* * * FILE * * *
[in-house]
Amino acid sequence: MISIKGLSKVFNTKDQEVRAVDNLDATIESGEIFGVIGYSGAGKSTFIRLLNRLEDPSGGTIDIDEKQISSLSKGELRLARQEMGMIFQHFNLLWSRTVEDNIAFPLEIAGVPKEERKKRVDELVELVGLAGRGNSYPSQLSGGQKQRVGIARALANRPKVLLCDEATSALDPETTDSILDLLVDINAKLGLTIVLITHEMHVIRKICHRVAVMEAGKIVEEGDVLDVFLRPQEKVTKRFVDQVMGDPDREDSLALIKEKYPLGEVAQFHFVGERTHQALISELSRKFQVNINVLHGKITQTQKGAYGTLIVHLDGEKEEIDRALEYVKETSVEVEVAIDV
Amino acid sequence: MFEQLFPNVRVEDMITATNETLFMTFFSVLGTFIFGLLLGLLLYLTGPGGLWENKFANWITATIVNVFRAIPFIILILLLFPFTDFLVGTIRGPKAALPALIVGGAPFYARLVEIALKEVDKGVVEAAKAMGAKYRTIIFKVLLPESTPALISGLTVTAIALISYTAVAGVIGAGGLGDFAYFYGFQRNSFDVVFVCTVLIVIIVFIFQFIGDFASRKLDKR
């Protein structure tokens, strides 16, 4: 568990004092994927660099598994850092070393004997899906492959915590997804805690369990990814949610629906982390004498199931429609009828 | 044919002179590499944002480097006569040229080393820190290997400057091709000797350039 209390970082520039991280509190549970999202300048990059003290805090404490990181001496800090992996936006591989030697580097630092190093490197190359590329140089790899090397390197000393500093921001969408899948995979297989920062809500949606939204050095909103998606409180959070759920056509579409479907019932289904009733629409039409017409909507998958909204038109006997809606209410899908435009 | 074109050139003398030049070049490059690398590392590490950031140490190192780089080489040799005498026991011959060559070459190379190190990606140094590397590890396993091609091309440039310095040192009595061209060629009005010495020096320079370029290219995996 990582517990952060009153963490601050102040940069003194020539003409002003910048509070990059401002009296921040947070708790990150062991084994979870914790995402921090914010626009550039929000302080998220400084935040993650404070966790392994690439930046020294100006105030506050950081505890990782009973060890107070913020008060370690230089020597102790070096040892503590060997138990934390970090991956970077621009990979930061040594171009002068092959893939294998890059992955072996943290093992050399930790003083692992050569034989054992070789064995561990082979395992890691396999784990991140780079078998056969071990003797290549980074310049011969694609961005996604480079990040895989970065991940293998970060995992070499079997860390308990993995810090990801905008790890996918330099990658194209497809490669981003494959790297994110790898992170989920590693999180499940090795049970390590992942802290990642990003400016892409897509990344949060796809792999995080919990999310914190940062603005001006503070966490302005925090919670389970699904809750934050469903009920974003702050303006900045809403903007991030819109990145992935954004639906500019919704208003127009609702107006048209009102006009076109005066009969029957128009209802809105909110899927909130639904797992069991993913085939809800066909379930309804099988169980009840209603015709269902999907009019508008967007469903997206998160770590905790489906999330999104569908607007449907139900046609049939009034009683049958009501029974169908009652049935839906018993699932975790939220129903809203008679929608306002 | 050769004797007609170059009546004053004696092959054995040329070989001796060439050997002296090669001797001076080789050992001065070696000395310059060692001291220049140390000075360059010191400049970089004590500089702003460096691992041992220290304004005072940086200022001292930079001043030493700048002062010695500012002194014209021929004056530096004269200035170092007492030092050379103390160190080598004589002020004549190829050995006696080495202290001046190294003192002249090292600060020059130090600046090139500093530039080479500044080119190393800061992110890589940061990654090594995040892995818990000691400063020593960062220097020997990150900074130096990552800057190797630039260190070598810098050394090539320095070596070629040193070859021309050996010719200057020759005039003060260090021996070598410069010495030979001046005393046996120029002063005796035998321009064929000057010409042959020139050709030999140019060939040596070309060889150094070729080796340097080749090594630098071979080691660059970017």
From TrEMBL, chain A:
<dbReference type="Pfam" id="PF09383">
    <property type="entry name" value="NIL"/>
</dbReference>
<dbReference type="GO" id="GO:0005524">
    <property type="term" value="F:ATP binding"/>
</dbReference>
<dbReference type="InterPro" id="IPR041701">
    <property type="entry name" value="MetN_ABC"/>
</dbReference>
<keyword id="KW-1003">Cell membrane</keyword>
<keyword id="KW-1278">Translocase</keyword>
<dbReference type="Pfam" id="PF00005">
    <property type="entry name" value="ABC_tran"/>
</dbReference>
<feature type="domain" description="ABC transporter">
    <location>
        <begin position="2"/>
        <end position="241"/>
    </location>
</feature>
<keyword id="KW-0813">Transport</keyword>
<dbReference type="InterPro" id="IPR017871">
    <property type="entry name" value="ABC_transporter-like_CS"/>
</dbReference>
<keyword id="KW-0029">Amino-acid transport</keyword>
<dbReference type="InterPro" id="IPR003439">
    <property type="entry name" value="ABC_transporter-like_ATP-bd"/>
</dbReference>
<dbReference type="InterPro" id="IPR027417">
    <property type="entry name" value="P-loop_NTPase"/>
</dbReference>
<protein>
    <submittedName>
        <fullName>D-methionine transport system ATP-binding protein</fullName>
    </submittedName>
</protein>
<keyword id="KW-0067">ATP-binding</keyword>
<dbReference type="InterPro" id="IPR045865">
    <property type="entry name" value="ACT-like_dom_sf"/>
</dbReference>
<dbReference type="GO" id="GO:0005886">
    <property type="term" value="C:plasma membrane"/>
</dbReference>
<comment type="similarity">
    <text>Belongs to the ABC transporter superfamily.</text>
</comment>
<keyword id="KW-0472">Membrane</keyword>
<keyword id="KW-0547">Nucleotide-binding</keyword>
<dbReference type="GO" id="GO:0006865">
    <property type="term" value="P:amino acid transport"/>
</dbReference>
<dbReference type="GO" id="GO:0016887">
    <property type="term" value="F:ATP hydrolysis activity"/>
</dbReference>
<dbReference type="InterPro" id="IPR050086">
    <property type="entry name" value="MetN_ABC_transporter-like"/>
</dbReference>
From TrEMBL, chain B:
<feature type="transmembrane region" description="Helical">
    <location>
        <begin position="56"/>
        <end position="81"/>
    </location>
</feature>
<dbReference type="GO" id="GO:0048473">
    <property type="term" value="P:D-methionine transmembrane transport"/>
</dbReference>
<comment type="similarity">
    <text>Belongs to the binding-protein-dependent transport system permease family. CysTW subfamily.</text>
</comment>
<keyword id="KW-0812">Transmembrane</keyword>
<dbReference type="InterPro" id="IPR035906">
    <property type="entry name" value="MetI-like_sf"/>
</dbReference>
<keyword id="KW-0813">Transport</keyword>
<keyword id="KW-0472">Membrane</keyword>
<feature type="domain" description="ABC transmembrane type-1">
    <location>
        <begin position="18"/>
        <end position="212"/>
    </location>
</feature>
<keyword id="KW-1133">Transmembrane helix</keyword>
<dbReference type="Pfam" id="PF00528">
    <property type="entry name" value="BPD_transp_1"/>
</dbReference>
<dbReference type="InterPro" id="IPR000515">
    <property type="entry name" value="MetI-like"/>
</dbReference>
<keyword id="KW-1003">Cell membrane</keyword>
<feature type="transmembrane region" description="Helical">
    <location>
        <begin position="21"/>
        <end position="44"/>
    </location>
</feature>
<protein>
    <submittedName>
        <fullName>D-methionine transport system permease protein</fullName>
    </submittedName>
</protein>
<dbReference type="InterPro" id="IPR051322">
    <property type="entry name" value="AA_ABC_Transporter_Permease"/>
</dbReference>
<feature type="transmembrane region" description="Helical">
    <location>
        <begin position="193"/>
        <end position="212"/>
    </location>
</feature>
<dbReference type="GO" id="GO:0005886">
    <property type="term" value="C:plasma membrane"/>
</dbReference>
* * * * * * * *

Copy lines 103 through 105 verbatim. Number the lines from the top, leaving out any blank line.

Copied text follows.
    <submittedName>
        <fullName>D-methionine transport system permease protein</fullName>
    </submittedName>